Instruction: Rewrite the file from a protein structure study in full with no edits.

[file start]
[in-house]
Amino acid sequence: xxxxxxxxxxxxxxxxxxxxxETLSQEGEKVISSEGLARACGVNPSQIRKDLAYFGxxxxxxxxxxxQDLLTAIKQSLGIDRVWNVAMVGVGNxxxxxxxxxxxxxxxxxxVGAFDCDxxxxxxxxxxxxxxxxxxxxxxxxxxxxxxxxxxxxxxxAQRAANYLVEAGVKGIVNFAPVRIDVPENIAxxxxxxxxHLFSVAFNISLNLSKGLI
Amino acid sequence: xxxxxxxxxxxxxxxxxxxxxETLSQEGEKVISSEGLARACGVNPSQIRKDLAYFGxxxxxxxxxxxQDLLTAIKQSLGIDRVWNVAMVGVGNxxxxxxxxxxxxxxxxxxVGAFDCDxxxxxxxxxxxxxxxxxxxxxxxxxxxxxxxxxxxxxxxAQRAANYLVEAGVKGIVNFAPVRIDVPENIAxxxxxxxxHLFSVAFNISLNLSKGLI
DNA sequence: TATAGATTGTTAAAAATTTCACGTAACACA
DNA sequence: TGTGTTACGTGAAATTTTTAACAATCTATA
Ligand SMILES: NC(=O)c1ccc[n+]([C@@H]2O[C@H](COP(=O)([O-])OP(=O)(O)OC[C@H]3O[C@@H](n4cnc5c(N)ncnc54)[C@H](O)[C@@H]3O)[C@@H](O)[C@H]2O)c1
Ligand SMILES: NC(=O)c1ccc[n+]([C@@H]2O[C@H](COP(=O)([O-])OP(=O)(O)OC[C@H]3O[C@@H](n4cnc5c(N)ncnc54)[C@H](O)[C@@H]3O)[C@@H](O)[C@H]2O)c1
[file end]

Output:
[in-house]
Amino acid sequence: xxxxxxxxxxxxxxxxxxxxxETLSQEGEKVISSEGLARACGVNPSQIRKDLAYFGxxxxxxxxxxxQDLLTAIKQSLGIDRVWNVAMVGVGNxxxxxxxxxxxxxxxxxxVGAFDCDxxxxxxxxxxxxxxxxxxxxxxxxxxxxxxxxxxxxxxxAQRAANYLVEAGVKGIVNFAPVRIDVPENIAxxxxxxxxHLFSVAFNISLNLSKGLI
Amino acid sequence: xxxxxxxxxxxxxxxxxxxxxETLSQEGEKVISSEGLARACGVNPSQIRKDLAYFGxxxxxxxxxxxQDLLTAIKQSLGIDRVWNVAMVGVGNxxxxxxxxxxxxxxxxxxVGAFDCDxxxxxxxxxxxxxxxxxxxxxxxxxxxxxxxxxxxxxxxAQRAANYLVEAGVKGIVNFAPVRIDVPENIAxxxxxxxxHLFSVAFNISLNLSKGLI
DNA sequence: TATAGATTGTTAAAAATTTCACGTAACACA
DNA sequence: TGTGTTACGTGAAATTTTTAACAATCTATA
Ligand SMILES: NC(=O)c1ccc[n+]([C@@H]2O[C@H](COP(=O)([O-])OP(=O)(O)OC[C@H]3O[C@@H](n4cnc5c(N)ncnc54)[C@H](O)[C@@H]3O)[C@@H](O)[C@H]2O)c1
Ligand SMILES: NC(=O)c1ccc[n+]([C@@H]2O[C@H](COP(=O)([O-])OP(=O)(O)OC[C@H]3O[C@@H](n4cnc5c(N)ncnc54)[C@H](O)[C@@H]3O)[C@@H](O)[C@H]2O)c1